Unions, particularly in the private sector, are a movement of the old, with a nostalgic attachment to a more glorious past. “I don't see that much hostility to unions among young people,” says Pradeep Kumar, professor emeritus of industrial relations at Queen's University. “But they certainly don't get excited by what unions do. These are people who don't obey authority, and they tend to find unions very condescending and patronizing.”

In this troubled union world, the stylish young woman handing out leaflets and parrying the questions of passers-by on a strike-choked Toronto sidewalk is something of a godsend.

The city's library workers, quite unexpectedly, have gone on strike. According to the anti-union stereotype, this should be the ugly face of modern unionism, public-sector holdouts against municipal budget-paring who don't realize the real world has moved on.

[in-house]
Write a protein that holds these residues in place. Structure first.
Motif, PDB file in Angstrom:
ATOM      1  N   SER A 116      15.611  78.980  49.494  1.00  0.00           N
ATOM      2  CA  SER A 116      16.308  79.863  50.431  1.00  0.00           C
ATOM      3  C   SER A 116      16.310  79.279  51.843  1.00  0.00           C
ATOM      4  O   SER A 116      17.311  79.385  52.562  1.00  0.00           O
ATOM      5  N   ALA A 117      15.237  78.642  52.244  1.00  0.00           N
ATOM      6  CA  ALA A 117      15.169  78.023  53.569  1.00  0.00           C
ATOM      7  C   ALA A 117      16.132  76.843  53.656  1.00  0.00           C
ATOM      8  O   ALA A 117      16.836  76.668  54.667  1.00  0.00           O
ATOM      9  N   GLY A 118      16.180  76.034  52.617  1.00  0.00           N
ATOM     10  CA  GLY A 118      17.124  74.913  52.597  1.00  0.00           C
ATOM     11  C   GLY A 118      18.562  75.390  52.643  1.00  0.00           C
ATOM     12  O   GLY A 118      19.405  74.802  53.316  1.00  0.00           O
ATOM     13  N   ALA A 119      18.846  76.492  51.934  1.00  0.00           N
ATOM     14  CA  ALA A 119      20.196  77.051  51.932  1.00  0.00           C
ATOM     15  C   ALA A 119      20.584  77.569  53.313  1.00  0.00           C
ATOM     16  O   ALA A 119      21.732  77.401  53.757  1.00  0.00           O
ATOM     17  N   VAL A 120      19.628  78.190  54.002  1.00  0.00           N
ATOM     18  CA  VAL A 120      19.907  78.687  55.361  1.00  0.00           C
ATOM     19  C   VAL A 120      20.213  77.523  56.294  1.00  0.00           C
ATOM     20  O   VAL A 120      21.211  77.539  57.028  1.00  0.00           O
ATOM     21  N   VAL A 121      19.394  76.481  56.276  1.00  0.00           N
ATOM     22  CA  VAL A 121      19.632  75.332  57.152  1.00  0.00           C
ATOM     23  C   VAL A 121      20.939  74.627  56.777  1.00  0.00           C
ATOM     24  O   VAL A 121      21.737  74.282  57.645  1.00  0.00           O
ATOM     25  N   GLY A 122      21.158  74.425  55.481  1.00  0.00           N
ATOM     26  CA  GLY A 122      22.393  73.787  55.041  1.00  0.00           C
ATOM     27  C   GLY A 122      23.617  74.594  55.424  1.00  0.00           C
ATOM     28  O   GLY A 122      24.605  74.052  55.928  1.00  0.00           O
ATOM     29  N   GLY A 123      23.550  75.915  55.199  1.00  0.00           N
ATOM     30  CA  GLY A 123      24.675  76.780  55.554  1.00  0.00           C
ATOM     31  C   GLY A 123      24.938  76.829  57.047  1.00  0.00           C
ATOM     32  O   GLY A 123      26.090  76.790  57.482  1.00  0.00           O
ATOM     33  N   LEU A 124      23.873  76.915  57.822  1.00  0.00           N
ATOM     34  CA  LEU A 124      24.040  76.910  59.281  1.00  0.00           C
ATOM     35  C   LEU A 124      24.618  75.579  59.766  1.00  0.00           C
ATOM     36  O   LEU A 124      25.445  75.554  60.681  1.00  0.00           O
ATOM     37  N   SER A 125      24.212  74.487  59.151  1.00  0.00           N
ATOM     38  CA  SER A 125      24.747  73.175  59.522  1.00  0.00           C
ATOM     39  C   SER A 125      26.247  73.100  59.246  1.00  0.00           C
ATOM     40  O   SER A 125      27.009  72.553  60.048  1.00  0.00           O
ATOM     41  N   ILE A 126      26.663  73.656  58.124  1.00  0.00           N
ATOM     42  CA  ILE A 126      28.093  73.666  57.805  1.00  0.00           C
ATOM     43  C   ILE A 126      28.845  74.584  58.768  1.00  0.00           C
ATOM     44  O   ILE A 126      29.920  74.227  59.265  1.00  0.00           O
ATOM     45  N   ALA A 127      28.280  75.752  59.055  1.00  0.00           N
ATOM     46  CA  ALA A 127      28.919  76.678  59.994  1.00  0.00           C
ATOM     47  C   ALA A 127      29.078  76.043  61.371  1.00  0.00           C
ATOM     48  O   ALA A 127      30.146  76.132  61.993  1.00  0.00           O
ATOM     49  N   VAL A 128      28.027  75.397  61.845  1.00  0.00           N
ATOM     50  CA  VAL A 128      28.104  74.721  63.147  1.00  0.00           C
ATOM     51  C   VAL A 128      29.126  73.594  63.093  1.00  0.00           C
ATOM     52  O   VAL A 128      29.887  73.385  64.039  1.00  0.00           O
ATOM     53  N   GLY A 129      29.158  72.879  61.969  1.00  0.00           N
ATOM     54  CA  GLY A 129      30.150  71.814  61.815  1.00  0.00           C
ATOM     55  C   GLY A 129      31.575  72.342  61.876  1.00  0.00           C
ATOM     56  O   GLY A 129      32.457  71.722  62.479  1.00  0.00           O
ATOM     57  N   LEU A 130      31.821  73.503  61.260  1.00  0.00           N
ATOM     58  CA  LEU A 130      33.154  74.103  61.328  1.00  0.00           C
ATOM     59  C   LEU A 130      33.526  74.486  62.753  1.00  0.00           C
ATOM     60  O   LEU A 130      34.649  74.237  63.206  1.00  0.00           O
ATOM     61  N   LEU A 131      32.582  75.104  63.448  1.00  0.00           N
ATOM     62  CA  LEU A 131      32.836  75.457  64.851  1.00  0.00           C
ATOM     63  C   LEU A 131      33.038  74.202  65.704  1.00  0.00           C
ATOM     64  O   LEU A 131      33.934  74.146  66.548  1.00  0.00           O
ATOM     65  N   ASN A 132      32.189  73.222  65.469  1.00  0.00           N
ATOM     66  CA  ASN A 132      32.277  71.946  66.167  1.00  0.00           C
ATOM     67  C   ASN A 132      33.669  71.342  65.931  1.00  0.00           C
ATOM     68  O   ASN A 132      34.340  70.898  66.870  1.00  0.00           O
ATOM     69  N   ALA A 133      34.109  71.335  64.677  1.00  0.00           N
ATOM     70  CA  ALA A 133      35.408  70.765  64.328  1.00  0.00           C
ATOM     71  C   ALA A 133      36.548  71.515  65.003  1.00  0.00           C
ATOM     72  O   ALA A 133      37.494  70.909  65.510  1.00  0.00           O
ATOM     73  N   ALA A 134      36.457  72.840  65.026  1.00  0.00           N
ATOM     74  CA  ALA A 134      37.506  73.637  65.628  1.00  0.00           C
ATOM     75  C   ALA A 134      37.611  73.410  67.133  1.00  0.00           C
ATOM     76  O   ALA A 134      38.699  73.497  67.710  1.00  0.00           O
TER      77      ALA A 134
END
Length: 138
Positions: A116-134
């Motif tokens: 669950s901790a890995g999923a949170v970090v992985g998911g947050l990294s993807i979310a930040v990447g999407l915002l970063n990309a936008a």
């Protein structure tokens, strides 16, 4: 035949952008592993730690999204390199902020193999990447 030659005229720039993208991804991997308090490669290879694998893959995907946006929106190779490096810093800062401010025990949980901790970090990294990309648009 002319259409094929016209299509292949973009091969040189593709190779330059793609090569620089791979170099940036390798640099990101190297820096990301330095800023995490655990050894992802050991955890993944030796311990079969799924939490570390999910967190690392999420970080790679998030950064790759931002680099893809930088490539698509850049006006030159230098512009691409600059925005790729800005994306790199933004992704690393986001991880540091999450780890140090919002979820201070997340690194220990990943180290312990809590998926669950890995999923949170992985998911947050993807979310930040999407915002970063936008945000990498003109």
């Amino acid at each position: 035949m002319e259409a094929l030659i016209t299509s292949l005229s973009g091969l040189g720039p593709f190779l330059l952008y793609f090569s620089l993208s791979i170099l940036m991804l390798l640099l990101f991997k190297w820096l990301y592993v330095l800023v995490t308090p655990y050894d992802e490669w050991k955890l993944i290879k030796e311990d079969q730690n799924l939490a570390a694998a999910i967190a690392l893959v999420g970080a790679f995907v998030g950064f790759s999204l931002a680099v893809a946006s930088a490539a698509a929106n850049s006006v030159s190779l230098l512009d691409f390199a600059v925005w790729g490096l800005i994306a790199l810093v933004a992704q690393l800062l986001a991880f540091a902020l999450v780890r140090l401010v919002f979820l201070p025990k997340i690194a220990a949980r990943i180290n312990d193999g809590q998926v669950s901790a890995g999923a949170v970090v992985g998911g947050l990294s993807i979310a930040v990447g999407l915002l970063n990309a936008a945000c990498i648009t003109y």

And yet 27-year-old Diana in picket-line heels and black leather jacket (new to the contentious world of union struggles, she's reluctant to give her last name) is winning over the waverers.

“Do you just want higher wages?” an older woman demands. “Isn't it all about your salary?”

“No,” answers the young librarian. “It's about providing services to people and keeping what we have. They want to get rid of professional librarians. The quality of the libraries will go down.”

The older woman takes a flyer and walks away, possibly mollified, certainly better informed about the strikers' position.

Strikes may represent old-style unionism, but Diana at least seems content and engaged. “If you want to get something,” she says, talking over the repetitive bull-horn chants, “and if you want to be heard, then you have to fight for what you believe in.”

John Allemang is a Globe and Mail feature writer.